Perhaps you've heard the war stories from mothers who have raised teen daughters, told in the spirit of camaraderie, sympathy and encouragement.
The drama subsides, they say. The quiet resentment or open rebellion is replaced by mutual respect and affection. It's normal for these years to be fraught with tension and conflict, they reassure.
Conventional wisdom says the mother-daughter relationship nearly fractures in adolescence before it becomes whole again in adulthood.
But it doesn't always work that way, does it? Sometimes the distance breached in those years of struggling to create one's own identity is too great. The adult relationship fails to recover the way we imagine it will; it falls short of what we hoped it might become.
There's a mother-daughter team challenging this narrative with a radical notion: The teen years can be the time when mothers and daughters thrive in their relationship. It's when daughters need to keep their mothers close, argue Sil and Eliza Reynolds, in their book "Mothering and Daughtering: Keeping Your Bond Strong Through the Teen Years."
It sounded a little pie-in-the-sky to me. I'm sure there are some mothers and daughters who are naturally gifted communicators, or emotionally intelligent savants, who breeze through the years so many of us struggle with.
But how might one spot such unicorns, let alone join their ranks?
Girls in the Know, a St. Louis-based nonprofit, recently hosted a two-day retreat led by the Reynolds mother-daughter duo to teach how this radical idea could be put into practice. I was curious to see what kind of practical tools they could teach that would deepen and calm the bond I have with my 13-year-old girl.
When I told her we were going to spend eight hours over a weekend learning how to "empower" our relationship, she rolled her eyes at me.
"Oh God. That sounds so cheesy," she said.
I hope the Reynolds are prepared for our enthusiastic participation, I thought. When we arrived and waited outside in the hallway with about 20 other mom-daughter pairs, my girl whispered to me: "There are so many other things I could be doing right now."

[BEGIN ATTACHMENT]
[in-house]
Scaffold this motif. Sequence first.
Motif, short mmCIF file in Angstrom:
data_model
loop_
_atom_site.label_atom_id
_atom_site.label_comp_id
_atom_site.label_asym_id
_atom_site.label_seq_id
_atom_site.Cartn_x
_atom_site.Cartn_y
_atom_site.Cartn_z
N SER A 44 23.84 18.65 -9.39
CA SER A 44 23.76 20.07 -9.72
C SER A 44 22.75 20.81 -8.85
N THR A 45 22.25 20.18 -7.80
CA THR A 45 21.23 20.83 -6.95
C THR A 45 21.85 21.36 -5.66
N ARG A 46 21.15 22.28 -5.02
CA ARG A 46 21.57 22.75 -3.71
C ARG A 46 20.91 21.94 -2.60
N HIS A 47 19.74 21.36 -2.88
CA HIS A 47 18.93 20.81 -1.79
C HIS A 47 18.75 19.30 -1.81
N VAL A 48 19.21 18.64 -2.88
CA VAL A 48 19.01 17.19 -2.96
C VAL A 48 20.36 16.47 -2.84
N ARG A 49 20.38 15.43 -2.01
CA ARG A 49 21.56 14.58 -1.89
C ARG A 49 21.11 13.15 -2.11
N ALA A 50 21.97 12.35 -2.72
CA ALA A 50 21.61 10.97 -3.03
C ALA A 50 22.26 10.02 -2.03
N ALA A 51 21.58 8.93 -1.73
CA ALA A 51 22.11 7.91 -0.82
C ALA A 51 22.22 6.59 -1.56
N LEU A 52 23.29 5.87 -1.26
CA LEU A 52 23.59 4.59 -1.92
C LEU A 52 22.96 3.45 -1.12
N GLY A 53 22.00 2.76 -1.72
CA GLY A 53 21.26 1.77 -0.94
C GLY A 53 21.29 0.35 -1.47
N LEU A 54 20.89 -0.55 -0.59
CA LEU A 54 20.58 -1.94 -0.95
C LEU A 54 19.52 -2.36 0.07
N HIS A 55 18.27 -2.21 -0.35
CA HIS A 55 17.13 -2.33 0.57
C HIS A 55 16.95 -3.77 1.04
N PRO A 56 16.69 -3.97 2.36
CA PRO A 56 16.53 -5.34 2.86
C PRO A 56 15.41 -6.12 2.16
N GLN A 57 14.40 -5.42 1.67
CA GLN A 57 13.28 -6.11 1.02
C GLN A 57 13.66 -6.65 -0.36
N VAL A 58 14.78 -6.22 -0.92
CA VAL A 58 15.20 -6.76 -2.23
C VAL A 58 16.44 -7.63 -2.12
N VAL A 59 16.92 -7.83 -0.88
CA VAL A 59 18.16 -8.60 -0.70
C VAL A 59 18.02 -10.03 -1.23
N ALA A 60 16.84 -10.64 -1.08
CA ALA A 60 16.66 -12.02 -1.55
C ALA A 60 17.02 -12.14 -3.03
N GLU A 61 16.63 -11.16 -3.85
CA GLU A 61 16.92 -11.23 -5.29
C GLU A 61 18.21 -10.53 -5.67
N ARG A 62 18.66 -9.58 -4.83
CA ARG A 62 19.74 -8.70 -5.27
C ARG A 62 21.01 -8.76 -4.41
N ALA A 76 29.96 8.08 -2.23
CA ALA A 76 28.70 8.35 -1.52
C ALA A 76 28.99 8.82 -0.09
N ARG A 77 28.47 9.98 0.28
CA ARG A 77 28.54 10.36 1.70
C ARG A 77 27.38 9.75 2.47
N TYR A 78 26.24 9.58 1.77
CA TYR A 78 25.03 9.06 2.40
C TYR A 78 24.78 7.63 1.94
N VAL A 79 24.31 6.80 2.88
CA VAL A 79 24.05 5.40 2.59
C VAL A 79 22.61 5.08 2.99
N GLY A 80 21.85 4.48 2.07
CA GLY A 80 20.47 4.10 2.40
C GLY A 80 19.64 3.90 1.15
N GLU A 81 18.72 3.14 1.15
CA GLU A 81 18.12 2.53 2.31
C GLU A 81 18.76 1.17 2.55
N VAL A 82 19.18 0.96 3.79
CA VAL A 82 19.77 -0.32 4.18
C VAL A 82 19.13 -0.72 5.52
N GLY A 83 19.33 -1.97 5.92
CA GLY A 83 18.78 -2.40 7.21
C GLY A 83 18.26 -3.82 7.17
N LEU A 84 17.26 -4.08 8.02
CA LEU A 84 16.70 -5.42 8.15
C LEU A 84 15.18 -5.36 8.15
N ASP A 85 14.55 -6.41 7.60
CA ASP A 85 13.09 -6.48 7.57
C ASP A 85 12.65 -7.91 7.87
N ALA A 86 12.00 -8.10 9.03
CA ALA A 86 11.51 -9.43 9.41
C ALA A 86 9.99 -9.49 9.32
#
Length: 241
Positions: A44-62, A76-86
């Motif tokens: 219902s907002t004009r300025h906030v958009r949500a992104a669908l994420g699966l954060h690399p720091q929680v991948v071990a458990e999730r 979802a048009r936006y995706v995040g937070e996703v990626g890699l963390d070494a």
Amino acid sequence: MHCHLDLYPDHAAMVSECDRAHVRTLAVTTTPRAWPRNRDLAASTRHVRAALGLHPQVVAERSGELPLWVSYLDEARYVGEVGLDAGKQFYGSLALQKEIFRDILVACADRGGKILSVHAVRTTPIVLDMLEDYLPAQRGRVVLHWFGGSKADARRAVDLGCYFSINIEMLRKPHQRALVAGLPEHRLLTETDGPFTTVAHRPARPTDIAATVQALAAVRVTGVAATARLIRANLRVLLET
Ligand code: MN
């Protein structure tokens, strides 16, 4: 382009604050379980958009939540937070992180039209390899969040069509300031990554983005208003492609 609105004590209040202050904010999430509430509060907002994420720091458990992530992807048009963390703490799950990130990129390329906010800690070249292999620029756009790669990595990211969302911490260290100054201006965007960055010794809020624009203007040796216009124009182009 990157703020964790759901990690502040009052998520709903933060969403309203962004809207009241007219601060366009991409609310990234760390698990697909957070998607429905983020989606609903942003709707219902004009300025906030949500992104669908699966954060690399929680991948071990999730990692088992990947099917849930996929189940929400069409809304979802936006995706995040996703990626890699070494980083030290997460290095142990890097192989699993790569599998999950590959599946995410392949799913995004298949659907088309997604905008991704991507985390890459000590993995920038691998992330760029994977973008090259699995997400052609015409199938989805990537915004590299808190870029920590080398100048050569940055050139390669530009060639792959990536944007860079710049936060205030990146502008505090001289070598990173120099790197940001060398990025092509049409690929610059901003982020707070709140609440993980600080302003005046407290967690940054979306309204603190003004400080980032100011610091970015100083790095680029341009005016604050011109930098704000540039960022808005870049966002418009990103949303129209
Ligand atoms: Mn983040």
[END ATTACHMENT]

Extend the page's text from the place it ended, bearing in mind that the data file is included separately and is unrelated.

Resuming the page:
Well, this was going to be fun.
To my great surprise, it was fun. And moving. And enlightening.
The Reynolds kept our group together to explain some basics about emotional intelligence and effective communication skills, especially when talking about difficult topics. They used games to introduce concepts such as finding and trusting your intuition. Then, they separated the daughters and moms to give each group a chance to practice these skills among their peer group. When they reunited us, we had a chance to listen and respond to our daughters in a new way.
One of their main points was about finding creative ways to stay connected during a time when the culture encourages us to push each other away. For example, a nightly check-in that might only take a minute: Ask your daughter to share three words to describe how she's feeling, maybe when she gets home from school or before she goes to bed. Figure out one thing you enjoy doing together, whether it's watching a TV show or cooking, and make it a scheduled priority every week. Create a journal that is shared back and forth on a weekly basis.
There's never a silver bullet to making a relationship work. It takes energy and patience -- even more than many of us imagined, during the tumultuous years of rapid physical and emotional change.
But the story that Sil and Eliza told, in which teen daughters see mothers as their allies on the path toward independence, was so much more compelling than that in which daughters view their mothers with disdain or disinterest as adversaries.
Even my skeptical teen hugged me afterwards and said, "I guess it wasn't as bad as I thought it would be."
There's a payoff worth the eyerolls.